Coast Guard Auxiliary ready for the summer |

Coast Guard Auxiliary ready for the summer

Isaac Brambila
U.S. Coast Guard Auxiliary volunteers patrol Lake Tahoe in a volunteered vessel.
Photo courtesy of Victor Beelik |

There are three reasons why Victor Beelik volunteers with the U.S. Coast Guard Auxiliary, two of them involve gratitude and one of those two involves a life-and-death situation.

Beelik was on a 72-foot Canadian boat as part of a 14-man crew in a race from Los Angeles to Honolulu.

In the middle of the Pacific Ocean, the rudder post on the boat broke, and the crew had to steer the boat with lines that ran through a whole in the rudder. The situation, however, was going to get worse before it got better.

“The wind was quite heavy and the waves were quite big. There was so much pressure on the rudder and nothing else to support it but the skeg … it tore out on the bottom of the boat and left a hole you could see through to the ocean. And the water was coming in,” Beelik said.

“We had about three or four pumps working and it wasn’t enough, and the engine was sucking out water, too. And we actually had a bucket brigade, two bucket brigades relaying water to try to slow down the intake of the water.”

The water was coming in faster than the crew could get it out, and it was clear they were not going make it the roughly 500 miles to Honolulu.

“I tell you, I don’t know if you’ve ever experienced panic, I did. I was getting panicky. Things were going through my mind, but luckily our cook – he was with me, we were at the bottom handing out buckets – he started telling jokes. That started loosening up everything and the panic sort of disappeared. But I experienced actual panic. I had a wife and a child and [I thought], ‘what the hell am I doing out here risking my life just for having fun,’” Beelik said.

When the crew found itself overwhelmed by the conditions, they called the U.S. Coast Guard, which flew to the area with supplies and aid and tried to help fix the boat. When that wasn’t possible, they towed the boat the 500 miles to Honolulu, all free-of-charge.

That event spurred a respect for the Coast Guard in Beelik. That respect, his love of boating, and a gratitude to his adoptive country — Beelik is originally from Hungary — pushed him to do something to give back. To some extent, what those men did for his crew in the middle of the ocean, he tries to do for others or teach how to survive it today in Lake Tahoe. He has done so since he joined the U.S. Coast Guard Auxiliary in 1991.

“I felt I owed this country, and this is the way I pay back what the country gave me,” he said.

U.S. Coast Guard Auxiliary Flotilla 11-04 in South Lake Tahoe is made up of 22 volunteers and counts with three volunteered vessels. It receives orders directly from the U.S. Coast Guard and provides assistance to different agencies around the lake, including rescue efforts.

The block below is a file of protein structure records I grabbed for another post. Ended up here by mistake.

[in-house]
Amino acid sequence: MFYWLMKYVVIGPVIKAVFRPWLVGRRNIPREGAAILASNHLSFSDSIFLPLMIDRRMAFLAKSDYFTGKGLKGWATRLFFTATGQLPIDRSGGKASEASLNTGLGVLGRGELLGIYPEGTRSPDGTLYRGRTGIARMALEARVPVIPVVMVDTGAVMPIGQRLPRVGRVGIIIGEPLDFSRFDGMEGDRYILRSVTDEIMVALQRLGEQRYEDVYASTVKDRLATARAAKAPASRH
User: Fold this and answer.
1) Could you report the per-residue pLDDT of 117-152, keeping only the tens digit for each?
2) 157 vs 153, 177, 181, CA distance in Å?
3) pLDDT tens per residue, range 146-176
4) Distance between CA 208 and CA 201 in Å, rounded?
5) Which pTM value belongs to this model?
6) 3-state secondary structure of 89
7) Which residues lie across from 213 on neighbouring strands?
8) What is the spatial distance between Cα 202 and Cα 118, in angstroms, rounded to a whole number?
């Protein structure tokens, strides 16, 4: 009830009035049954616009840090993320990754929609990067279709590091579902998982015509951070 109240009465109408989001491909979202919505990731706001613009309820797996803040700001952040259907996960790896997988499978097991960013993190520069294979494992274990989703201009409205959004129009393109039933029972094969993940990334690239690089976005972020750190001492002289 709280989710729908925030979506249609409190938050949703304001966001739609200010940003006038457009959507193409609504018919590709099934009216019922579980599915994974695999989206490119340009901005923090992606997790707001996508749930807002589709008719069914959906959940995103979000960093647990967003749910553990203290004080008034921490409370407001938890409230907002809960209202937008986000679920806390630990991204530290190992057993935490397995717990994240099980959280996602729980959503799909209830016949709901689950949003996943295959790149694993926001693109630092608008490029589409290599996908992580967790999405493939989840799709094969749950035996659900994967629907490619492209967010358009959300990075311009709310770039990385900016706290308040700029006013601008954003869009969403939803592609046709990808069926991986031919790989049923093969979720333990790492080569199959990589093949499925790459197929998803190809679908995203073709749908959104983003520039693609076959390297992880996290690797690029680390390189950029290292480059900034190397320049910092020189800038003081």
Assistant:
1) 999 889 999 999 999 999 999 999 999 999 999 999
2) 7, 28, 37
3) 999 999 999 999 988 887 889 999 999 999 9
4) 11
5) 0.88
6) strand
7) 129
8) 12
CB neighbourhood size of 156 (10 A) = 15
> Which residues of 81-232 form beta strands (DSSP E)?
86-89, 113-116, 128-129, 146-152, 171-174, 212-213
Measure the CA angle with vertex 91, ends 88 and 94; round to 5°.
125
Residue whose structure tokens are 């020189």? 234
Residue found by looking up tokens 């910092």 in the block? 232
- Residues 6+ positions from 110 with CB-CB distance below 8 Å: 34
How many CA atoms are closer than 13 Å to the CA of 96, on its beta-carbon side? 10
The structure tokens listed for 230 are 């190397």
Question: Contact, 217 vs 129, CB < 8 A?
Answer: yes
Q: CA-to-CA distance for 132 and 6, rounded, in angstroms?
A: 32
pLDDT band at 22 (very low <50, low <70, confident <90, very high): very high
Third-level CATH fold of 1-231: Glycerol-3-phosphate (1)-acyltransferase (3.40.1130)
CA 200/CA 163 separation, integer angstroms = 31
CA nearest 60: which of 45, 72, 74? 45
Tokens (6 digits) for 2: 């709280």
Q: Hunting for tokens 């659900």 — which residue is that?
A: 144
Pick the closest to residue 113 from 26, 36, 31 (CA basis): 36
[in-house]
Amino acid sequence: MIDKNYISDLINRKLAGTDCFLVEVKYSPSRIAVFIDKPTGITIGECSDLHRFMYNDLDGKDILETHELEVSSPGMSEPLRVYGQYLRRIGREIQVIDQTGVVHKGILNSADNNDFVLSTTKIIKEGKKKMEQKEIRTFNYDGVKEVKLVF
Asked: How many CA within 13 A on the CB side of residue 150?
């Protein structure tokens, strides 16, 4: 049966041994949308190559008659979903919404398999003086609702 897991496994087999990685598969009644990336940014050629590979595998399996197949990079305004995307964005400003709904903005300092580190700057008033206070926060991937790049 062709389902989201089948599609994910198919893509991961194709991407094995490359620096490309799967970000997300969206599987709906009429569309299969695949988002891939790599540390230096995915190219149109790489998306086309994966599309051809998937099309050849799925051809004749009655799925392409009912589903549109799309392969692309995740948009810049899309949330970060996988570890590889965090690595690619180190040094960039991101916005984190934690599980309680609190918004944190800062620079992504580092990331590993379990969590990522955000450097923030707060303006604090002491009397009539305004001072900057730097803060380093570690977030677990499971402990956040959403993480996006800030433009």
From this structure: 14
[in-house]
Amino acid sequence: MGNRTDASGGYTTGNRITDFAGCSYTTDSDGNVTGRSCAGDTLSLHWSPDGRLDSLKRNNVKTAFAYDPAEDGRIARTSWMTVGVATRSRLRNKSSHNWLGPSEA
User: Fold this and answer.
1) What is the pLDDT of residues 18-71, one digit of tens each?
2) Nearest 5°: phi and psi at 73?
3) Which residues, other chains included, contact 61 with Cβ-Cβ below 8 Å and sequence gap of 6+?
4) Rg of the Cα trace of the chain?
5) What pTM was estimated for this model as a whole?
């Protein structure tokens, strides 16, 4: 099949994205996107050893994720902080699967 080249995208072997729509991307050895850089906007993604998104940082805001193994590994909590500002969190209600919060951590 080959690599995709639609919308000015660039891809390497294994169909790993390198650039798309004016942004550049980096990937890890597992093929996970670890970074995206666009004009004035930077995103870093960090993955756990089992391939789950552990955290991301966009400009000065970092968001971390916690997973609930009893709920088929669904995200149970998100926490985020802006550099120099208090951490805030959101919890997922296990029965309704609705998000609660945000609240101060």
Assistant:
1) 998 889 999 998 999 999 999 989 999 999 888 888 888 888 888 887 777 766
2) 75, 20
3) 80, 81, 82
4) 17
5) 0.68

Much of Flotilla 11-04 efforts are also placed on education, Beelik said. The group offers classes and also sends its members to classes around the country to help educate the locals. It also provides free boat safety inspections, which help boat owners identify potential safety hazards or limitations in their boats. Once inspected, the volunteers either provide a safety certification or make suggestions. Enforcement is not done by the Coast Guard Auxiliary.

Working to prevent problems out in the sea, or locally in the lake, is important, but preparation for the worst is key, Beelik said.

Even if you’re in the middle of the lake, that could be 30 minutes away from medical help, Beelik said. You can get hurt, you can fall, you can get burned and help is that far away.

“Things just happen. Yes, you’re trying to prevent it, but the biggest thing, I think, is be prepared to cope with it.”

The organization offers a class called, “you are suddenly in command,” where they help potential boat passengers prepare for a scenario where the captain or most experienced navigator is suddenly incapacitated.

“(The captain) has a heart attack, or falls overboard, something. You, the wife or the kid, is suddenly in command. What do you do? How do you use the radio? How do you start the engine? How do you put the thing in reverse? How do you go back to pick him up? Or any of those things,” he said.

In the last few years the organization has also been part of a push for use of life vests for people using non-motorized vessels.

Beelik encouraged other people to volunteer. For him, it gave him something to work on after his retirement while also keeping him involved with one of the things he loves the most, boating.

“Once you join, you find out that you thought you knew a lot about boating, and you probably do, but there’s a lot more to be learned,” he said.

If someone is at all interested in boating it is obvious there is a lot more to learn, and the experience you have to pass on knowledge to other people, Beelik said.

For more information about the U.S. Coast Guard Auxiliary in South Lake Tahoe or to inquire about volunteering, call Victor Beelik at 775-588-1385.

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